J. P. Mayfield, after being duly sworn upon his oath doth say, that I was one of the hands, and helped Robert Hudson move the old post-office building from Dr. Mendenhall’s premises. I went there with the tools and went to work, the first man on the building. Hudson and Jim Kelly were present. Charles L. Harter came there and Kelly and he had some words. Kelly ordered us to hurry up and pay no attention to anyone but him. We did so, and we never stopped the building until we got it into the street. Harter left and never got possession, or levied upon the building at all that day, and the moving of the building went right along until we got it into the street, where we had to stop, waiting for the cattle to pull it away, and as soon as the cattle came we went ahead, and if Mr. Harter ever levied upon the building his levy did not interfere with our business, and none of us ever knew of it. It is certain he never took possession or attempted to do so. John E. Allen to the contrary notwithstanding.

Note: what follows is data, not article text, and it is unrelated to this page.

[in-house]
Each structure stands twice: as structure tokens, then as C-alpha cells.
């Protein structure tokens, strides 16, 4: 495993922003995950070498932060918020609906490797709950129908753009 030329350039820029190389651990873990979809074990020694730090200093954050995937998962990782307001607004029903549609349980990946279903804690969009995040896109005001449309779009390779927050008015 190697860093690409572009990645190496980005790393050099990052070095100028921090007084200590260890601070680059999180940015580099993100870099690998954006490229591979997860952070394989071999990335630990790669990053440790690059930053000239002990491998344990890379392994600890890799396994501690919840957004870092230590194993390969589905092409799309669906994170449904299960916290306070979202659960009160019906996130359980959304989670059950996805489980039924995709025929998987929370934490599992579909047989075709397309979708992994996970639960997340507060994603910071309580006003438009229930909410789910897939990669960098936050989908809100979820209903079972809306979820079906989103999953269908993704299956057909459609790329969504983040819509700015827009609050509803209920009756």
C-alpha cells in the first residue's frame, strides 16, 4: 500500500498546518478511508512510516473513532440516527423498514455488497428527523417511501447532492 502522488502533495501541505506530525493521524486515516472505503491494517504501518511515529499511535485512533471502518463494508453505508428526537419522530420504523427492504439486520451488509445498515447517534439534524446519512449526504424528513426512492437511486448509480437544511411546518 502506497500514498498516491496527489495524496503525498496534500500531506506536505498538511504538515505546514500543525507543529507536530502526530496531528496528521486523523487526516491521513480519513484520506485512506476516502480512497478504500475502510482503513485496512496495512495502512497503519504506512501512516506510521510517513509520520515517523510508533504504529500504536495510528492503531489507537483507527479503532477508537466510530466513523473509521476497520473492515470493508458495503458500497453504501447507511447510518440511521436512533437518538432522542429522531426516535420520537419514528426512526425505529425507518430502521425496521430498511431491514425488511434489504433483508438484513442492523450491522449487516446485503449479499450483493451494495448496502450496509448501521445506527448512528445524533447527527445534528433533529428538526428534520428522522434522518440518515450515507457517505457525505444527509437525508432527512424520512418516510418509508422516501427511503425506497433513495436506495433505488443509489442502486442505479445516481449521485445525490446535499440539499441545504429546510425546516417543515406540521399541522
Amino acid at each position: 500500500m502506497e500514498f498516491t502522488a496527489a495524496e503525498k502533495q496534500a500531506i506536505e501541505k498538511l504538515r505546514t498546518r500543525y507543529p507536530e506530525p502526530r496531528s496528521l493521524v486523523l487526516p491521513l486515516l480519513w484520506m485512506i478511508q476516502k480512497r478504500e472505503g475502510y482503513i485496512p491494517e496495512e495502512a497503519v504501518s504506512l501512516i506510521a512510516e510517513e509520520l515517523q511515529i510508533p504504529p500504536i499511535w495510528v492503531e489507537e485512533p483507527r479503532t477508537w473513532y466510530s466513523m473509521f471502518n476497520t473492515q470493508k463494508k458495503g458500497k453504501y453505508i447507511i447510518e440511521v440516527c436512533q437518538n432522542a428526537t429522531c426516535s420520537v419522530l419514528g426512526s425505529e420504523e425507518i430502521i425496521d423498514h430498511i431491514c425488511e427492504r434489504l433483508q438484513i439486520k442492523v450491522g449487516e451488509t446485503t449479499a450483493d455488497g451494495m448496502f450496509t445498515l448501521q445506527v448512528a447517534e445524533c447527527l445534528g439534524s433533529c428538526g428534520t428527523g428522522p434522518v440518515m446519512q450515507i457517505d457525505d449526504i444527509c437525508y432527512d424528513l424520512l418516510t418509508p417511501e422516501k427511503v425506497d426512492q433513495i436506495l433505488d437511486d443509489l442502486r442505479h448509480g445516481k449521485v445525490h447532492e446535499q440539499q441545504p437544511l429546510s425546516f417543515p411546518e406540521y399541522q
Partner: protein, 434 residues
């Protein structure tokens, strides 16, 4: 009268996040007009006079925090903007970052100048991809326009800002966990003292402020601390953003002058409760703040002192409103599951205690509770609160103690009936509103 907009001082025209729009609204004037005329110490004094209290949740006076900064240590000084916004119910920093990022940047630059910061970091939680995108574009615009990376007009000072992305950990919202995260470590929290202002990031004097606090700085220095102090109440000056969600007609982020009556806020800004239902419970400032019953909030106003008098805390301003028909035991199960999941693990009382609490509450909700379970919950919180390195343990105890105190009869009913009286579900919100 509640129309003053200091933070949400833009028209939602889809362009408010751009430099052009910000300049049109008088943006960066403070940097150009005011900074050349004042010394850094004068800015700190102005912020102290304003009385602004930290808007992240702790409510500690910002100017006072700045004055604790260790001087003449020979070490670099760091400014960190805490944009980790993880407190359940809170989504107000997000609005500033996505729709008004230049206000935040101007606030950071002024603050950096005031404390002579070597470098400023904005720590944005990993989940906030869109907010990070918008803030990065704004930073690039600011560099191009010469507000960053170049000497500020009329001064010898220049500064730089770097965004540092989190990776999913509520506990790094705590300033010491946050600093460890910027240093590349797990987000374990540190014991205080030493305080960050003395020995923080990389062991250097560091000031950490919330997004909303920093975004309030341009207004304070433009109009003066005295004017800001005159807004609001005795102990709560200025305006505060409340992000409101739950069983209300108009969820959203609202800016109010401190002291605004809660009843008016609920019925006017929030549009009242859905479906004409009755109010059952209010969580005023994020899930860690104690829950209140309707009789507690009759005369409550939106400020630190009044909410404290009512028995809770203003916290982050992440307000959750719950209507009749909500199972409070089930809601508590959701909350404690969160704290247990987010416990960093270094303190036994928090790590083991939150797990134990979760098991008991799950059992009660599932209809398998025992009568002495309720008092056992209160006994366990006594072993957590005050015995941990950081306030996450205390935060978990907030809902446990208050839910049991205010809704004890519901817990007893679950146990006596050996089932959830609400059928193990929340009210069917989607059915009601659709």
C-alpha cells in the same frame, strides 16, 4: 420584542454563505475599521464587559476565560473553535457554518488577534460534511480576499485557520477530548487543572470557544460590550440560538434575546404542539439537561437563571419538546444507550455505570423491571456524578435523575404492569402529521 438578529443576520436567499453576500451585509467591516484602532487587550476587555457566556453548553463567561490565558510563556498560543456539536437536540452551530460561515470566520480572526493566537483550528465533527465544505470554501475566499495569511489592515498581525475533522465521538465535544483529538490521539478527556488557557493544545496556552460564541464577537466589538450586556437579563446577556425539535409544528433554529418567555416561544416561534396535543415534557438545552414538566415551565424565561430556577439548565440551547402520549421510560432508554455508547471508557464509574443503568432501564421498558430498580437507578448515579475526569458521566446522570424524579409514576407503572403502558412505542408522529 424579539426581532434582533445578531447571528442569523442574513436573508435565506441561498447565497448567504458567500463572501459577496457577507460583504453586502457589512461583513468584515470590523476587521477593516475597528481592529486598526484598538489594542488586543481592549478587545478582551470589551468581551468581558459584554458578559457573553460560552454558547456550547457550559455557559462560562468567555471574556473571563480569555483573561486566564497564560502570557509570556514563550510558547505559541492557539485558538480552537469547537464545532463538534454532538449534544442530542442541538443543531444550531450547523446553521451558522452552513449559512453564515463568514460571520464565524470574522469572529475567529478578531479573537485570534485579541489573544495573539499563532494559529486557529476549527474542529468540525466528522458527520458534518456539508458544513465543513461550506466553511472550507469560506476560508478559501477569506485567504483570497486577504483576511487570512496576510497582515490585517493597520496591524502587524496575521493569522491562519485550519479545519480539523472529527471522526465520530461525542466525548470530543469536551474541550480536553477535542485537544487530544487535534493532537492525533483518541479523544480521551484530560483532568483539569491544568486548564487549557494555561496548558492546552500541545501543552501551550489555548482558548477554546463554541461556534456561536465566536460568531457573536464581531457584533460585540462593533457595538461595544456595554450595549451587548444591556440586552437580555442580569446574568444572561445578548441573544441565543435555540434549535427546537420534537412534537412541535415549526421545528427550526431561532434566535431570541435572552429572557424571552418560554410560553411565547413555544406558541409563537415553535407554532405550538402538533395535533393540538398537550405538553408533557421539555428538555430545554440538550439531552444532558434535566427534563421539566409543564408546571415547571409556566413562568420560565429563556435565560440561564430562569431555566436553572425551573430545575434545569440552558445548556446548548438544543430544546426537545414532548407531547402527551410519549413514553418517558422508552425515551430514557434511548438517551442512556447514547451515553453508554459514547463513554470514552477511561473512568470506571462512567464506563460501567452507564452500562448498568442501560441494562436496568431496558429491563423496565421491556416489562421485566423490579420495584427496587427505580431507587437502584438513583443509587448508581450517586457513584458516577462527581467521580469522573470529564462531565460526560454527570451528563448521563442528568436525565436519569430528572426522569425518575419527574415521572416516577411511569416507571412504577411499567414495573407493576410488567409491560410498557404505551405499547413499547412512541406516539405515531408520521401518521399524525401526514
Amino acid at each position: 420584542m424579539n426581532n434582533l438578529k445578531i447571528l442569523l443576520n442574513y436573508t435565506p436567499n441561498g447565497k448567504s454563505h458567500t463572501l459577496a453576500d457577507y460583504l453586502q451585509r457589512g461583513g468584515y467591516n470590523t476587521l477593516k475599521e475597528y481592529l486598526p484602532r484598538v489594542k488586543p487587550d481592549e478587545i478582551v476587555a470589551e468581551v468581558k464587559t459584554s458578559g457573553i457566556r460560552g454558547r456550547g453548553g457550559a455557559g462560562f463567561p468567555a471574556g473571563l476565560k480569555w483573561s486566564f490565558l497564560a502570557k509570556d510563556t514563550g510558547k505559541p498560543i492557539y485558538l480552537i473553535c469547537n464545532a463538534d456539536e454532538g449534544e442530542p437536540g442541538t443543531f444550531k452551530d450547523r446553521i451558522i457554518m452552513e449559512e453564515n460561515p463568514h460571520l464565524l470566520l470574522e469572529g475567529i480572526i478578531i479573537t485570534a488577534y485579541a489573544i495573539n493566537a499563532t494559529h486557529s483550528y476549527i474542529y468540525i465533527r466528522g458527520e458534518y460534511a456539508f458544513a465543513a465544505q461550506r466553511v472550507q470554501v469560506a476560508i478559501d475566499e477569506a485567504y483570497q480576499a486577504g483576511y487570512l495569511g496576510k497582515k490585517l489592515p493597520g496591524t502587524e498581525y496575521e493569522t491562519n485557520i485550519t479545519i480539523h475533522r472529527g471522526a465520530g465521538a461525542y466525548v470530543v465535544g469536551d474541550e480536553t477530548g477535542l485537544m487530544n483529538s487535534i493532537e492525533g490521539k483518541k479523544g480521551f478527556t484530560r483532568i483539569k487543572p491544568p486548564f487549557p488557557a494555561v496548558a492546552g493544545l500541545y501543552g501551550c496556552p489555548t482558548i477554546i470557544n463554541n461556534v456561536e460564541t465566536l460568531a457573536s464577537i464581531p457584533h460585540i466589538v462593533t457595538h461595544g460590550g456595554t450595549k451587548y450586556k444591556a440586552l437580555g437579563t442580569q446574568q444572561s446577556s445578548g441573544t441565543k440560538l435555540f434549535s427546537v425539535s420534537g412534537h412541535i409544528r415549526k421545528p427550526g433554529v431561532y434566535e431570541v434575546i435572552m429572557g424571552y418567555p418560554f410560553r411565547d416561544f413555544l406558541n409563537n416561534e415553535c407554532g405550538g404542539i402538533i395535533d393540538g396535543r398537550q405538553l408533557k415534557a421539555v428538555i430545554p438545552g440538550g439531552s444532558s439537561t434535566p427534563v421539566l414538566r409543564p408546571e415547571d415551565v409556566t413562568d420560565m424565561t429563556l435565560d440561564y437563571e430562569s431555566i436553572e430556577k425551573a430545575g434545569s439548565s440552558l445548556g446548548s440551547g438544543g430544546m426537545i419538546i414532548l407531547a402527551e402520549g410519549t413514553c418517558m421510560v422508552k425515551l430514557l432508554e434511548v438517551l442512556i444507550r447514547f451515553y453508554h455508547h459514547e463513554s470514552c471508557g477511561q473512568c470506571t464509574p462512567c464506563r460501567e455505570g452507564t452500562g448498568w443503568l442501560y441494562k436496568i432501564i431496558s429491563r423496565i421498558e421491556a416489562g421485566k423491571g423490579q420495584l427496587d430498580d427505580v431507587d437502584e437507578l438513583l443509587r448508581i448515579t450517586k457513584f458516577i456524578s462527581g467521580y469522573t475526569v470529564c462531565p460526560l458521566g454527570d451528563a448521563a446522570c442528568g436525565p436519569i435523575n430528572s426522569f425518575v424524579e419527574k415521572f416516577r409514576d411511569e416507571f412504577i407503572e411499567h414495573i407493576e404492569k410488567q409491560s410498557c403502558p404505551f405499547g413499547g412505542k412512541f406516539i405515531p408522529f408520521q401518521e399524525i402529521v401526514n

Subscribed and swore to before me, this 29th day of October, 1879.
W. P. HACKNEY, Notary Public.
Winfield Courier, October 30, 1879.
While John Allen, that stalwart exponent of democratic principles was on the road to Rock Monday evening, he met with an accident that came near depriving the citizens of that place of the most brilliant speech of the campaign. While crossing Dutch creek the buggy tipped over, turning him out into two feet of mud and water. On coming to the surface, John scrambled out, and after having duly sworn, made affidavit that this was a fiendish Radical trick to prevent him filling his appointment, and thereby electing Shenneman; and swore, “by gravy,” that it should not be: if he had to wade in mud up to his neck from there to Rock. It is needless to say that he got there, but not until he had returned and changed his mud-begrimed garments for cleaner and dryer ones.